Jamie Kang, a graduating Biology major, found HIV research in South Africa to be inspiring and challenging in unexpected ways.
From left: Luke Koblan (another MISTI intern), Professor Lynn Morris of the NICD, and Jamie Kang.

An uncommon context

In the HIV research section at the National Institute of Communicable Diseases (NICD), Jamie took on everything from troubleshooting a cloning procedure to RNA extraction and protein isolation. “I helped start a research project in order to enhance the efficacy of the RV144 vaccine,” she explains.

The setting was integral to the experience, and one of Jamie’s biggest lessons was that the impact of infectious disease varies widely depending on where the disease has taken hold. “I realized that social and political problems are relative to context,” she says.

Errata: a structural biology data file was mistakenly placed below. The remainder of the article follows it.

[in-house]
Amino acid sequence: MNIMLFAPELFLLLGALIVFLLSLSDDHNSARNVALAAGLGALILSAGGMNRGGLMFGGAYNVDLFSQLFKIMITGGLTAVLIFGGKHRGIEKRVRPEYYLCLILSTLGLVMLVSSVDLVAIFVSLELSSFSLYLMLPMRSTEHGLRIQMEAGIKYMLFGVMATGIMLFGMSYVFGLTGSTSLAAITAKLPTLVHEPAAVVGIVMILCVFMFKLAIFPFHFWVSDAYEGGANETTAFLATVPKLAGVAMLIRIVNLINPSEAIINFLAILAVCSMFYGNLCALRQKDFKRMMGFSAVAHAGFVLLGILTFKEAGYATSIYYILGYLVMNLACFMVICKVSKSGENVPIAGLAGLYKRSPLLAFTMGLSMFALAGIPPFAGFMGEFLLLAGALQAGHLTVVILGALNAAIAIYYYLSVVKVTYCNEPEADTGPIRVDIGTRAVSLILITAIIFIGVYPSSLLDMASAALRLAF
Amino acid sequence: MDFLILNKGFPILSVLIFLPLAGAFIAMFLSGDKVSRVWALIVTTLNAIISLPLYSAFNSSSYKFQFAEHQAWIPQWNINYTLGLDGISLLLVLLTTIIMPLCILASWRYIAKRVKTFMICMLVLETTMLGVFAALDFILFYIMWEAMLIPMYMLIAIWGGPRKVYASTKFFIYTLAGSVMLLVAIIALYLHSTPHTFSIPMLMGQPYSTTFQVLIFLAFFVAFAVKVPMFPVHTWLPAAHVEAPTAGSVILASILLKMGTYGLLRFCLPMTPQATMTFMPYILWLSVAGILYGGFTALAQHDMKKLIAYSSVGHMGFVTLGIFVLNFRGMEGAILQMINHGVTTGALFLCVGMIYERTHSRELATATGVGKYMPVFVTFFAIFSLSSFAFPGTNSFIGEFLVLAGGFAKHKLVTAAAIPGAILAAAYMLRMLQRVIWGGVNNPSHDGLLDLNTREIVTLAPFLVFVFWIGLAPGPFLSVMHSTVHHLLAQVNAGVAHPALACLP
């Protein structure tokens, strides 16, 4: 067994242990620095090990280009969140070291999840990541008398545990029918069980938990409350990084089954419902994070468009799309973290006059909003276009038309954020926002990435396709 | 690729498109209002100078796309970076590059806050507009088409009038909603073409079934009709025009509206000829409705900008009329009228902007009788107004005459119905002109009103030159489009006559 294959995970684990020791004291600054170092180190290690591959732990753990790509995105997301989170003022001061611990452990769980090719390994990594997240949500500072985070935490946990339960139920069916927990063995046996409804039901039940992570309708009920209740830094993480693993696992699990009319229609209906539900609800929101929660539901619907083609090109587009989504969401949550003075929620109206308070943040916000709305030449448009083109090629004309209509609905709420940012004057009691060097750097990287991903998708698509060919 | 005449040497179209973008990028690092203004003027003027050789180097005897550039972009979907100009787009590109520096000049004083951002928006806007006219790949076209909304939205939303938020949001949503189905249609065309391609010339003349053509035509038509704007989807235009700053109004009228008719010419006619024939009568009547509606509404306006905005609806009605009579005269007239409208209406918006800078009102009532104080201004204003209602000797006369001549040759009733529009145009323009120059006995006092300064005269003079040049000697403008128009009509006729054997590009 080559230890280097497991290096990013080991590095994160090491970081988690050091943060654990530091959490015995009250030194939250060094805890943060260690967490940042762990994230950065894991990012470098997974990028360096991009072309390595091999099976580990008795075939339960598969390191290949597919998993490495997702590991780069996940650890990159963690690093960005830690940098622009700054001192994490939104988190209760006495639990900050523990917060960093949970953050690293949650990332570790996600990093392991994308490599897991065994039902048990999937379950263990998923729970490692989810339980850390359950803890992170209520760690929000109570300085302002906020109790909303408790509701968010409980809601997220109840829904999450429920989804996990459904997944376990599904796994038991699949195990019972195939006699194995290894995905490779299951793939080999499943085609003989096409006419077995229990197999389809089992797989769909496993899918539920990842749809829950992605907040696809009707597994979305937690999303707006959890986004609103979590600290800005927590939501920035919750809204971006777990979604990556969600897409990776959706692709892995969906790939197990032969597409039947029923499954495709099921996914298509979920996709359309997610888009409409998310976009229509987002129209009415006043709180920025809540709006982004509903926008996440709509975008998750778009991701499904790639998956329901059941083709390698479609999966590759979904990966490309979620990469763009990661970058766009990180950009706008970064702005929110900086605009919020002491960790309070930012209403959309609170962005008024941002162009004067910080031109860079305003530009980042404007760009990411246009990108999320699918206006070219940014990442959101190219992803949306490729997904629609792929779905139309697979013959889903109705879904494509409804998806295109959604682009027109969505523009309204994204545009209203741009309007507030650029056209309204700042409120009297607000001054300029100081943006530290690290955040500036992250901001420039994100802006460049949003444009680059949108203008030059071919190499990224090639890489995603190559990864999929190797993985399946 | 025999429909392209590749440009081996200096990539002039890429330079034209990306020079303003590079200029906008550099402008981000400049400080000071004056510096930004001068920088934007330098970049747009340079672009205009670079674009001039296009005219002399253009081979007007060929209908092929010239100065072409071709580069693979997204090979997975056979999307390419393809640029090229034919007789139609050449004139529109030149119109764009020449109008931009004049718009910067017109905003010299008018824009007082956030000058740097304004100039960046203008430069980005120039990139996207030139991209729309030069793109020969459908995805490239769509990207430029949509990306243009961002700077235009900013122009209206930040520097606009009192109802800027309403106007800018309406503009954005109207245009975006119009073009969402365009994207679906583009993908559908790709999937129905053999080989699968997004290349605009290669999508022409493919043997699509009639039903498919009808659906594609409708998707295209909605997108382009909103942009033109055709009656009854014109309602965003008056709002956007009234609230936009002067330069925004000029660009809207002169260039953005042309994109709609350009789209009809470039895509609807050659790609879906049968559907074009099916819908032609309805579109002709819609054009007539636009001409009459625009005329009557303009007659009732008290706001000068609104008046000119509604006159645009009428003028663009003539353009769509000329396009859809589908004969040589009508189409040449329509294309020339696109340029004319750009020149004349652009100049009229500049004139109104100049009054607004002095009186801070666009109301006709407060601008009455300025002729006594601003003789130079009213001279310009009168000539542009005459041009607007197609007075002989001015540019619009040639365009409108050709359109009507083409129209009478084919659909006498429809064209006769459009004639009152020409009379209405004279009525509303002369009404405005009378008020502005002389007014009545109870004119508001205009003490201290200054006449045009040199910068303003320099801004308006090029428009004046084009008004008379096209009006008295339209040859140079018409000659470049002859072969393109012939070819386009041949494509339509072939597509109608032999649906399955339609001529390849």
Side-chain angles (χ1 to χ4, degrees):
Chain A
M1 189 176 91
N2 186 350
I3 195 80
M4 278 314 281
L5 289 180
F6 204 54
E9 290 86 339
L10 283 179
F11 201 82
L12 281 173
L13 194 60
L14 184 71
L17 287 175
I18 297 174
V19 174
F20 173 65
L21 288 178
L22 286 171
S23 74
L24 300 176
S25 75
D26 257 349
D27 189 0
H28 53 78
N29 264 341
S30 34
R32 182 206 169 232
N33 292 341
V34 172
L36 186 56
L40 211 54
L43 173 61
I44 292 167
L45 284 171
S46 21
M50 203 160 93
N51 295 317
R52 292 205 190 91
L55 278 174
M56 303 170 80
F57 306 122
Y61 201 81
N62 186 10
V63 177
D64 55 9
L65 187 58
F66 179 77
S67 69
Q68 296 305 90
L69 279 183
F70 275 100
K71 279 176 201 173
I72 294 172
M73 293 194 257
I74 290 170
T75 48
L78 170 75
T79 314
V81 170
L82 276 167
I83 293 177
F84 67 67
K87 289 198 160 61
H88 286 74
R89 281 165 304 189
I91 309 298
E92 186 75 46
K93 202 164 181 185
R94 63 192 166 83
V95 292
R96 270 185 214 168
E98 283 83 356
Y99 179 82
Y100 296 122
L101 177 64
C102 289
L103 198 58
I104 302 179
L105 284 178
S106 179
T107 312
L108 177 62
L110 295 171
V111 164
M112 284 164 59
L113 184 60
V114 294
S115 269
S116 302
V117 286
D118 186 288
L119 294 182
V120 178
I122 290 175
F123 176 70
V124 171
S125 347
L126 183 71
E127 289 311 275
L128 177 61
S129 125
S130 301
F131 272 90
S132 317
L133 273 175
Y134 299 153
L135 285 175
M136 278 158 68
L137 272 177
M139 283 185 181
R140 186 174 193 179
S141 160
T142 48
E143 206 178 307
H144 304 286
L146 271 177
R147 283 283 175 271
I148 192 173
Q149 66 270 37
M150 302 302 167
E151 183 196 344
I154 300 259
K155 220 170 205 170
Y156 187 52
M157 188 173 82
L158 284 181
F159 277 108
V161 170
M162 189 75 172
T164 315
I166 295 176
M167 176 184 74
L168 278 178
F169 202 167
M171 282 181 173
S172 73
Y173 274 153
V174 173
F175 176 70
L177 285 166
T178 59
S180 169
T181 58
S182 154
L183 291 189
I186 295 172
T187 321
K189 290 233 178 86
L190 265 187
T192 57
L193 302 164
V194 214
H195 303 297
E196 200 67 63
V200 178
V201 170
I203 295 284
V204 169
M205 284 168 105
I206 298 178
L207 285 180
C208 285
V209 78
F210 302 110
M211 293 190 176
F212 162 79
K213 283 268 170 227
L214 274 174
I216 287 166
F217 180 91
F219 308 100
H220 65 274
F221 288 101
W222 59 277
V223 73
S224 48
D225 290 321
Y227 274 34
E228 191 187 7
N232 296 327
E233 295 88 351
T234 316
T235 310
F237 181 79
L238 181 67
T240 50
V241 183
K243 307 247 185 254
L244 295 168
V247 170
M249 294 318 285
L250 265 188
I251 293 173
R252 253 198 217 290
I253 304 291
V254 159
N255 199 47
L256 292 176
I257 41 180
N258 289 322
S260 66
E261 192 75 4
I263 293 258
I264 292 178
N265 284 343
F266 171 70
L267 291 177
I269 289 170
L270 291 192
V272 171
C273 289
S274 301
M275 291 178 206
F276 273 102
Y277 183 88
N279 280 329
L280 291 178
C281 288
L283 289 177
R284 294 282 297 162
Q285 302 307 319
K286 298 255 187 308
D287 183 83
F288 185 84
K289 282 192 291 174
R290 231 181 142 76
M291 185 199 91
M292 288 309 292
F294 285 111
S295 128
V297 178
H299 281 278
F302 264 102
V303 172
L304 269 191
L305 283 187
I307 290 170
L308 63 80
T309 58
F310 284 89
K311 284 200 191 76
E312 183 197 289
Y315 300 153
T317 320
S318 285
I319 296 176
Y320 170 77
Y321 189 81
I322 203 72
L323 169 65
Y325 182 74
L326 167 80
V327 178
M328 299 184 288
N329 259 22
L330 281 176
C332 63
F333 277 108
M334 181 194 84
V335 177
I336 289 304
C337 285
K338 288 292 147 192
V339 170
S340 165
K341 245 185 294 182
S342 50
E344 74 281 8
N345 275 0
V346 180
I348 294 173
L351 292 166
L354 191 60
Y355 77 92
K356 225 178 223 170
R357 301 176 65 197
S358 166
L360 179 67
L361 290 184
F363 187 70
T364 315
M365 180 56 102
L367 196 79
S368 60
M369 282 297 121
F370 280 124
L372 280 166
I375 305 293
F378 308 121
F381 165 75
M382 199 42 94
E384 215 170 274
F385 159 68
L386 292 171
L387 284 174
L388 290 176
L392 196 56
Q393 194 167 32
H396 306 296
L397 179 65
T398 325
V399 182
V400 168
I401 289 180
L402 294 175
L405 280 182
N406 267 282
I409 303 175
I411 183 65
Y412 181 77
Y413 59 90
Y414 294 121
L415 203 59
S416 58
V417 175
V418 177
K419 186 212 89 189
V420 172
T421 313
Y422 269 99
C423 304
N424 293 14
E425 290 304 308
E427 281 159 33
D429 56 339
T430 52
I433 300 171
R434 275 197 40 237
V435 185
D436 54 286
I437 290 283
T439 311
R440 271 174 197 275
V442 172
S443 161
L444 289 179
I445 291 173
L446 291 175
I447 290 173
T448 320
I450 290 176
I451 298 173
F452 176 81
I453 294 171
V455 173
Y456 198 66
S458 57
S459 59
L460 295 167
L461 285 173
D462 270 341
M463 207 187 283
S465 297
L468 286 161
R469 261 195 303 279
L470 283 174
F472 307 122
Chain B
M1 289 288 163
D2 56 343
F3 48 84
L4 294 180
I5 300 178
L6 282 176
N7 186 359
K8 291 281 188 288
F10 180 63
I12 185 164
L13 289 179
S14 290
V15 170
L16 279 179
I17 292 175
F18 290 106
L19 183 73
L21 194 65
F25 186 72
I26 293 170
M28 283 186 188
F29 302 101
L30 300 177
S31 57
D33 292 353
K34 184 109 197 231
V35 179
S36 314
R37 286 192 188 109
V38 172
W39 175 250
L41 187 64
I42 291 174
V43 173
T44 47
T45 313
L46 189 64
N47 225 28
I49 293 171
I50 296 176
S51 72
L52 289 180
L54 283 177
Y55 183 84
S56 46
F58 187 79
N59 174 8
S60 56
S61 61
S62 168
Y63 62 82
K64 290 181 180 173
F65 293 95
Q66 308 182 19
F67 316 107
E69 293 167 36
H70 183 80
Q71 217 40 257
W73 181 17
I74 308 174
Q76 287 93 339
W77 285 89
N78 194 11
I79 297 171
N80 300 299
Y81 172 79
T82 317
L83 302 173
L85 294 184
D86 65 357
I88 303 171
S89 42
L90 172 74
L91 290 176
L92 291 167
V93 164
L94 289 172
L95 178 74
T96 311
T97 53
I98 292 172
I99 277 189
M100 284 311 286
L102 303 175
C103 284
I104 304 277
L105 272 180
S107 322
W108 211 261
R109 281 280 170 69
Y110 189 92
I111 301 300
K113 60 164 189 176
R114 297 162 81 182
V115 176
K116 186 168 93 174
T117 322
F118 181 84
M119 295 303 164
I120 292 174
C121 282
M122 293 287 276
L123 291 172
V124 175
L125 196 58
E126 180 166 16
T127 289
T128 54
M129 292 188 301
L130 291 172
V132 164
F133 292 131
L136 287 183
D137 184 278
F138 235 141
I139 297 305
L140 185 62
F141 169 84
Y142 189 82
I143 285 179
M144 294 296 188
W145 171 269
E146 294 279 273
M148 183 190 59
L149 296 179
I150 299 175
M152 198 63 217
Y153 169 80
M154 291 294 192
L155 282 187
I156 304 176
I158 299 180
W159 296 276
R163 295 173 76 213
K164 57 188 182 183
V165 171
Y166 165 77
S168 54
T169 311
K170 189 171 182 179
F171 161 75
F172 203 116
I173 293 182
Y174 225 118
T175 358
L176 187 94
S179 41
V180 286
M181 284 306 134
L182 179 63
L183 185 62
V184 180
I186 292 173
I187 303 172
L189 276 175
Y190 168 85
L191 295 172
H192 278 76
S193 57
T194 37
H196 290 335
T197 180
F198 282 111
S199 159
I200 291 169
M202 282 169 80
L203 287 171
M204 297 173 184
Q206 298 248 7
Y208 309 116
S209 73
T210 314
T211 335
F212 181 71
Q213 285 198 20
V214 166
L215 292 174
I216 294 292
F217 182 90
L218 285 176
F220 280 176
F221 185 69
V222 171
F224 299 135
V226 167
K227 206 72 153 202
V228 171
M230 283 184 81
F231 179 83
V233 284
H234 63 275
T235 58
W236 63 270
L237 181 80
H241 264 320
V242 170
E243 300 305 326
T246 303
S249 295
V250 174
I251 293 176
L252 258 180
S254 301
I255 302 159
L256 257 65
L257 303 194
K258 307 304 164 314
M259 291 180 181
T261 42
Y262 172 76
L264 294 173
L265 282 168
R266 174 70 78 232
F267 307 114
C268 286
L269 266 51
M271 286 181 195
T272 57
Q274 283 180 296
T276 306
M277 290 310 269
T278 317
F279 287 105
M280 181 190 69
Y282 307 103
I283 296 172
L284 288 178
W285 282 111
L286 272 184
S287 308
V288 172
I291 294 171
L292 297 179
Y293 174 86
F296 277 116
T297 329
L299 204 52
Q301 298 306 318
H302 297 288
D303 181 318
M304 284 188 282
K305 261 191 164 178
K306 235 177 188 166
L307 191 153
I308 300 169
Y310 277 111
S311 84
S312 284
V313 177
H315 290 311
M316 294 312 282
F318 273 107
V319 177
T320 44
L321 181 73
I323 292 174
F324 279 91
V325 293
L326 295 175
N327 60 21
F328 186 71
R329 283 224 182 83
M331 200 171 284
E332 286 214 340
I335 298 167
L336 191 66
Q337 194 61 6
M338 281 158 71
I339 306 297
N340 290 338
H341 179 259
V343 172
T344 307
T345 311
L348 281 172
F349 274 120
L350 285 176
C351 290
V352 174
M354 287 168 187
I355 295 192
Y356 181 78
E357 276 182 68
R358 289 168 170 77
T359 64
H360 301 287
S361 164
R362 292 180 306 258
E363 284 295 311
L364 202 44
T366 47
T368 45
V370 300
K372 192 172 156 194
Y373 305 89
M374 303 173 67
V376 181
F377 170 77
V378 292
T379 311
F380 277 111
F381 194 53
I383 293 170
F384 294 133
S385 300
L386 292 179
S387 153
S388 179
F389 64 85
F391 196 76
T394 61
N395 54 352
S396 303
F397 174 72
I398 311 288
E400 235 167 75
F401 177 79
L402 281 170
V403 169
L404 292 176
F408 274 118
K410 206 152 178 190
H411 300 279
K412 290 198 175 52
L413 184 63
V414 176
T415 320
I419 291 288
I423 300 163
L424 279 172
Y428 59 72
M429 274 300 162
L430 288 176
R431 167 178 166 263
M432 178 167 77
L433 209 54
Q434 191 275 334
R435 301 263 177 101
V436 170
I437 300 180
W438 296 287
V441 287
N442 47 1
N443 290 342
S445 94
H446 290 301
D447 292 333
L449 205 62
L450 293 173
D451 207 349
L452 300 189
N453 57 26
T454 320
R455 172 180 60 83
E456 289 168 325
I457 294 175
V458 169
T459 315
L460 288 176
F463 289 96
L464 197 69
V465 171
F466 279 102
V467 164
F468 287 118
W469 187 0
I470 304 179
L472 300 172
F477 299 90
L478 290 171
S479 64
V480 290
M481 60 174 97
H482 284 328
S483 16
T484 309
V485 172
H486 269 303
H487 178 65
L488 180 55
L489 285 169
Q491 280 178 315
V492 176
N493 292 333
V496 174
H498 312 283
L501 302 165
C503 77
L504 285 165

Learning through constraint

“The immersion into Africa’s scientific environment allowed me to become a more conscientious person who views problems from a multitude of perspectives.” There were other practical lessons. Science in South Africa was more resource-constrained, Jamie says, so she learned to be more thoughtful in approaching research – a welcome challenge.

Beyond the science, Jamie was impressed by the lab’s ethos. “I really admired how Professor Lynn Morris valued international collaborations on research projects,” she remembers.

She says eventually the project will lead to a publication, but it’s already clear that the impact on her and her career has been substantial.  She explains, “I am more interested in the study of infectious diseases following this internship, and I hope to promote awareness of HIV research wherever I go.”

  • Africa
  • Internship
  • Bio/Chem